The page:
I went to “Ready Player One” last night with my 12-year old son looking for a “Star Wars” moment with him. He and I had read and listened to the book and we were excited to see the movie. The references in the movie were to many of the things that I grew up with as a nerd/geek. Dungeons & Dragons (D&D), Atari systems, quarter fed gaming systems, hanging out at pizza joints, etc. There was also the high-tech rigs, Gundams, and enough action and heroism in the book to make any preteen excited. However, Spielberg was extremely disappointing in this movie. I have a hard time believing that he “actually” directed this movie and didn’t simply sign his name to the movie and directed it in abstention.
I know that a lot of people complain about directors taking liberty with the story line of a book, so at some level this rant might be an old rant. But I just went to the movie “Ready Player One” with my 12-year old son and even he was disappointed in the movie.
Walking out of the movie I asked him “So, what did you think?”
“I don’t know.” which is his typical first response when he wants to think about the question. Knowing this, I just waited to hear what he had to say before providing my opinion. “Where were the gates? I mean, that was a big part of the book. And that wasn’t how Parzival found the first key. What was that about? And Art3mis and Parzival don’t meet in real lif (IRL) until the end of the book. Why did they rush that?”
The onslaught of inconsistencies between the movie and the book just came coming. Given that he is 12, he almost immediately communicated to his friends that he saw the movie. Later that evening as we were sitting down for his “second dinner” (he is growing like a weed) he said, “I thought maybe if I hadn’t read the book that I might have thought that it was a good movie, but a friend of mine who didn’t read the book also thought that it was a bad movie. He thought that the love story was rushed …” (which it was) “and that the story line was rushed”. Which it also was.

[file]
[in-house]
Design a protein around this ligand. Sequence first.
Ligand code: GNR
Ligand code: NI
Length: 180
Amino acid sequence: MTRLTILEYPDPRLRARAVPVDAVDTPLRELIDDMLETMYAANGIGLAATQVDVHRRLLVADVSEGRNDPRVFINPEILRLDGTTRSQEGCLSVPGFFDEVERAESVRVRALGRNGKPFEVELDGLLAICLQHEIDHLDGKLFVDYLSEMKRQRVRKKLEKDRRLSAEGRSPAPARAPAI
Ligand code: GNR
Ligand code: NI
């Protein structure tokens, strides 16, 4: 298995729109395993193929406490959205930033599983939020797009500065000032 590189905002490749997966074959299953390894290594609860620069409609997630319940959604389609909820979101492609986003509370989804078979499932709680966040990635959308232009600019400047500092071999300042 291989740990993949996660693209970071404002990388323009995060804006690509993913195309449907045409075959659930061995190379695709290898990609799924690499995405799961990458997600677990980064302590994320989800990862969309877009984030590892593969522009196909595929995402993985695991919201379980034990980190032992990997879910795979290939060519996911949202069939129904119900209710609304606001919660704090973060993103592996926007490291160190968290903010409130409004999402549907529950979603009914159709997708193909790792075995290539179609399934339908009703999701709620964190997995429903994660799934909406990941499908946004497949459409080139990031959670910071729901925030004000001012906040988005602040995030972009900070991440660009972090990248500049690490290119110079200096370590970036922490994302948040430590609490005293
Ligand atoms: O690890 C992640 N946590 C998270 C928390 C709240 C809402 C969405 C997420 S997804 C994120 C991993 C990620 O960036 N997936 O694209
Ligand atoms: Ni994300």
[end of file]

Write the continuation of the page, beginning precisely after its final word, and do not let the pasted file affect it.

I remember a similar thing happening with my daughter (who is now 17) when we watched the movie “James and the Giant Peach” after reading the book. However, the complaint was much different. She was a bit younger (probably closer to 8) but her complaint was that the movie was missing her favorite scene from the book. “Dad, where were the cloud giants? That was the best part of the book.” At that time I explained to my daughter that it can be difficult to “cram” all of the items from a book into a movie and so there can be a need to remove some of the scenes. Although I agreed that there were a lot of other scenes that could have went, sometimes these things are a matter of opinion and the director gets/needs to make some difficult decisions. However, removing some scenes is VERY different than effectively changing the entire story line. For example, one of my major gripes was that a major part of the book was that Parzival creates a plan to take down the shield by becoming an indentured with the IOI. In the book, this was a major part of the story line. Parzival was willing to sacrifice himself for the Oasis. A bit of a “Christ” reference for the storyline. However, in the movie, Art3mis is the one who ends up in the IOI. “What!!??”
Spielberg has been an amazing director and has influenced my life a great deal through his movies. However, I wonder if he directed this movie in abstention. That Spielberg simply put his name on the movie but really didn’t put his mind or soul into it. If so, it is disappointing. I was looking forward to having a “Star Wars” moment with my son and this movie completely missed it. Although my son and I weren’t able to have a “Star Wars” movie moment, we sure did enjoy experiencing the story line of the book.